Sunday, March 29, 2009

The Point’s Parent Company Overextended?

Everlands, owner of luxury resort the Point on Upper Saranac Lake, is said to have suspended operations.

Everlands is a fledgling collective of exclusive nature-oriented estates around the world, but its members-only concept has not gotten off the ground.

The Point, a former Rockefeller great camp, was the first lodging Everlands bought, in 2007. Since then the company has acquired five more properties in the United States and New Zealand and has options of four others, according to its Web site.

Much of Everlands’ capital came from Lehman Brothers investment bank, which was liquidated last fall after buying deep into the subprime mortgage market. According to NewWest.net, an online Montana news source, Lehman committed $55 million in backing. One of Everlands’ properties was historic Lone Mountain Ranch in Big Sky, MT.

Everlands advertised that a one-time fee of $475,000 plus annual dues of $40,000 would provide members with “all amenities, such as world-class dining, fine beverages, local transportation, and a broad array of sports instruction, equipment and outdoor adventures” at — eventually — 45 properties around the world.

“So far, ‘approximately 60’ of a projected 900 (readjusted recently from the original target of 1,800) members have bought into Everlands,” the London Times reported in February.

A telephone call to the Point Sunday was directed to the voice mail of its management company, Garret Hotel Group, based in Vermont. A call to Everlands’ public relations firm was not returned.

The Point has continued to accept non-member guests since it changed hands two years ago. Julian Hutton, who heads hotel operations for Lifestyle Development, the parent company of Everlands, told NewWest that Everlands’ properties will remain open — to all guests, or at least to those who can afford at minimum $1,350 for a night at the Point.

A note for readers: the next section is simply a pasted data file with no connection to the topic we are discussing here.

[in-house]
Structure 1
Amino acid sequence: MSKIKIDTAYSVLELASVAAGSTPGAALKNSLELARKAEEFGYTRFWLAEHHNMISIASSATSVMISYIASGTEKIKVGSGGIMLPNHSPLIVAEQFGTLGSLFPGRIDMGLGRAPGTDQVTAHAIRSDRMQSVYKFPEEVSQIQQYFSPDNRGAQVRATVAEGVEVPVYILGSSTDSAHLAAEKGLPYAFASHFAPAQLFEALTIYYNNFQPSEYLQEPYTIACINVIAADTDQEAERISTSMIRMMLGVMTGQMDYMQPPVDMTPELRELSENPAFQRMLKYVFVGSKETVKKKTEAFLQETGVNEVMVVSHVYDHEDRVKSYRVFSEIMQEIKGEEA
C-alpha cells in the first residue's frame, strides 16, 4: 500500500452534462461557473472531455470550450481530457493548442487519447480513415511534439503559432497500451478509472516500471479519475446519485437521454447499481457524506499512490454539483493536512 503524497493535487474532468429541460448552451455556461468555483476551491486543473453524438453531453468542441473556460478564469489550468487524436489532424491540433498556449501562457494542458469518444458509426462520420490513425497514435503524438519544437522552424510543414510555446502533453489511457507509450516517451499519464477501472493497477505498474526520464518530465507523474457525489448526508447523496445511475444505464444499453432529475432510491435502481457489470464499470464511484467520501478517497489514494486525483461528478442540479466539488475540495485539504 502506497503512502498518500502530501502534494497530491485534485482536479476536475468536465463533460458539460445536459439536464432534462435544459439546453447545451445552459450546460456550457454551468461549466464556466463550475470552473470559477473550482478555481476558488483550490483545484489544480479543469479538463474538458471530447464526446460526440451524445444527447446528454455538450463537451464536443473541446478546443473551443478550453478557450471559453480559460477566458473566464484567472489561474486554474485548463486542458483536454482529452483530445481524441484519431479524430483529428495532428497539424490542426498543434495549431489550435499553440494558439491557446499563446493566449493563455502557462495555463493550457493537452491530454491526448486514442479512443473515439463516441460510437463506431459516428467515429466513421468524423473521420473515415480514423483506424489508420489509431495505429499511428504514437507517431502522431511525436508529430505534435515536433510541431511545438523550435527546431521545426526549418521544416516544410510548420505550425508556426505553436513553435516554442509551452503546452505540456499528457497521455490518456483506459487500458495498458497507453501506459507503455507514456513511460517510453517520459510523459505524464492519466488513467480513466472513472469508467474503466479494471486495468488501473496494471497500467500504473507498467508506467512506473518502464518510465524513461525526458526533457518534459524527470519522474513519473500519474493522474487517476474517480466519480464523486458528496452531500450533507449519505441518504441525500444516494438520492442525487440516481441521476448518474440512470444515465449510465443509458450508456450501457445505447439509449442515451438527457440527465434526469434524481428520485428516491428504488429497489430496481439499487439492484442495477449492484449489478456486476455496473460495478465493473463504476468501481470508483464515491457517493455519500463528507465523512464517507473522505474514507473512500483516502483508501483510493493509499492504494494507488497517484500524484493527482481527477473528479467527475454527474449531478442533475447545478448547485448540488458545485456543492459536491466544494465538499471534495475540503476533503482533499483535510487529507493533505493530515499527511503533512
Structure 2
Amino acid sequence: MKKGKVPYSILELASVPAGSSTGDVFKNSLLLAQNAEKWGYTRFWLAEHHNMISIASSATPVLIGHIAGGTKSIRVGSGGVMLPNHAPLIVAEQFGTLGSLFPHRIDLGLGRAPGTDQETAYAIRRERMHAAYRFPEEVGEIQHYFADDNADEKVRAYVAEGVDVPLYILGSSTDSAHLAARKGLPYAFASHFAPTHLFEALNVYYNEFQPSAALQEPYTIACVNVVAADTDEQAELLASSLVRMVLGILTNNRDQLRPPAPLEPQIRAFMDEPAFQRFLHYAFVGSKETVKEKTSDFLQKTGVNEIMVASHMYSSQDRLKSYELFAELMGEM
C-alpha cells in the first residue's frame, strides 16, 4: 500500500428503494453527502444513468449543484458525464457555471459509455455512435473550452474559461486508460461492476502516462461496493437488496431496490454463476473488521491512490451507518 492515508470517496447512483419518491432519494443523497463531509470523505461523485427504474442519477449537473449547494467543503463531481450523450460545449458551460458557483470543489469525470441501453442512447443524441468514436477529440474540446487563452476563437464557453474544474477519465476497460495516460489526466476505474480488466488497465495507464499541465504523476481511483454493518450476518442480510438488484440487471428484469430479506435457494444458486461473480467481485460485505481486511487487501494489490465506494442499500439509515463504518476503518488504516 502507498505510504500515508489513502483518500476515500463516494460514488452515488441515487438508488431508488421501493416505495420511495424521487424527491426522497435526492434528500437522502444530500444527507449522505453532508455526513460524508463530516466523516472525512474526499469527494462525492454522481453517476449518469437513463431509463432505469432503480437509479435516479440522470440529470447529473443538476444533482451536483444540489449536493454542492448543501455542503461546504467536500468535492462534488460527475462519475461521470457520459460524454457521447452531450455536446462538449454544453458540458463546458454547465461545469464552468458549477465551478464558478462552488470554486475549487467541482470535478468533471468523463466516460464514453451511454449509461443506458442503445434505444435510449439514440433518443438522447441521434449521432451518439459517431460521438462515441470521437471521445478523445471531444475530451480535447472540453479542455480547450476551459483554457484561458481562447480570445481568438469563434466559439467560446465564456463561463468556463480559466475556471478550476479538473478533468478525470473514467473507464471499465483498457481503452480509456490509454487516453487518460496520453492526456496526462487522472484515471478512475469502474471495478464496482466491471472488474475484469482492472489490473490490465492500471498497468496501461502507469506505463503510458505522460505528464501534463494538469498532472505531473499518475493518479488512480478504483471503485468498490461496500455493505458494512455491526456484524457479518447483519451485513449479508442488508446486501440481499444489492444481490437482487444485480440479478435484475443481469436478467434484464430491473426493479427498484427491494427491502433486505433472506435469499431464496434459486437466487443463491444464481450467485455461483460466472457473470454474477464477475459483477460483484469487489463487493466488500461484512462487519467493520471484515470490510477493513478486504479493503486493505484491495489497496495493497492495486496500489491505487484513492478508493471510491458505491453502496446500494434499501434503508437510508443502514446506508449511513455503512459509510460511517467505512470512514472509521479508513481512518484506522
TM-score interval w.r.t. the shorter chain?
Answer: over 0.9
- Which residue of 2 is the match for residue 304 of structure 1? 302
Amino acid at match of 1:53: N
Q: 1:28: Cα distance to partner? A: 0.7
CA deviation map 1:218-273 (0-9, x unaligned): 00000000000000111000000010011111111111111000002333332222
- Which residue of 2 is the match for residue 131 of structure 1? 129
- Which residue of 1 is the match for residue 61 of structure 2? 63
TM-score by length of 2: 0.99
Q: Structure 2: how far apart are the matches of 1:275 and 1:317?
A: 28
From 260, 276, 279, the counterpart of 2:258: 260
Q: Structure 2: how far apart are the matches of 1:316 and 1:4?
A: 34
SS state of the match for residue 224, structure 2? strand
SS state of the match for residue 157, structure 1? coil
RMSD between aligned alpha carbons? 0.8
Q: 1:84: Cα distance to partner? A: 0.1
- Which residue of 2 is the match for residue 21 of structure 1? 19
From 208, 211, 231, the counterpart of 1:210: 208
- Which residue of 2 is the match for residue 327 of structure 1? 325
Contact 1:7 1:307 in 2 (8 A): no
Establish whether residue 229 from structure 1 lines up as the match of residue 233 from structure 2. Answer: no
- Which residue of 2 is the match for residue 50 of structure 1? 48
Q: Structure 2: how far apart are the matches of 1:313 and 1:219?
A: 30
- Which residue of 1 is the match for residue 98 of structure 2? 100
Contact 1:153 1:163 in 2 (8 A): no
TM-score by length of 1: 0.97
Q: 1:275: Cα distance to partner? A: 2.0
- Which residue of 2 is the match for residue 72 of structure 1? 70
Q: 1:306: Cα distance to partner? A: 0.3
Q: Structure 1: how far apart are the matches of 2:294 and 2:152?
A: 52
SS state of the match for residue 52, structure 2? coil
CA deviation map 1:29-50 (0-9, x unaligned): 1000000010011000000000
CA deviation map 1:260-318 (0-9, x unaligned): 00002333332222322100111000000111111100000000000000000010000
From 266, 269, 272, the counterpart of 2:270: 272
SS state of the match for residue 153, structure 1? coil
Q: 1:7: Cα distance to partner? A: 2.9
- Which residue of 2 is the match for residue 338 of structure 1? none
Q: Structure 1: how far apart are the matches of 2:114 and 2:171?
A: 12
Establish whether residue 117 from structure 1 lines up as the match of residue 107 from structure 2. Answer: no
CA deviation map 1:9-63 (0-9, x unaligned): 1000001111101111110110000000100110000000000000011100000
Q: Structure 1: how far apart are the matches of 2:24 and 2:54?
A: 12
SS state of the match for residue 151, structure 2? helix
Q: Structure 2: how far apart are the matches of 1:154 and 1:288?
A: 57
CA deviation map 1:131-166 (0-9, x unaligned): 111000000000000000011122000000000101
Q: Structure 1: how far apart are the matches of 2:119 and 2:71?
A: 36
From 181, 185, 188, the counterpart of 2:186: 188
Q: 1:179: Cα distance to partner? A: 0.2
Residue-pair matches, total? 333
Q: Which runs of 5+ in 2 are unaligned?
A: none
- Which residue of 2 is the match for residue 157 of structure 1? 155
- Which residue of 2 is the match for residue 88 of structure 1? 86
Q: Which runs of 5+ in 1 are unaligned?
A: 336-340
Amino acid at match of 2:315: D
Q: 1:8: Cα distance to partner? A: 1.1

As for those who purchased memberships, “a 15 percent deposit is required by each Member at the time of commitment, which will be returned with interest if initial Membership goals are not achieved,” the Everlands Web site states.

The defunct Lehman Brothers is said to have lost $40 million on a different Adirondack resort whose ownership fell to the lender in 2008: Whiteface Lodge. The four-year-old, 85-suite property in Lake Placid has a complicated fractional ownership structure. According to the Lake Placid News, Whiteface Lodge is contesting its assessed value, trying to get it reduced from $109 million to just $2 million. Despite reported slow timeshare sales, the lodge continues to operate as a hotel and is open to the public.

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Mary Thill

Mary Thill lives in Saranac Lake and has worked alternately in journalism and Adirondack conservation for three decades.




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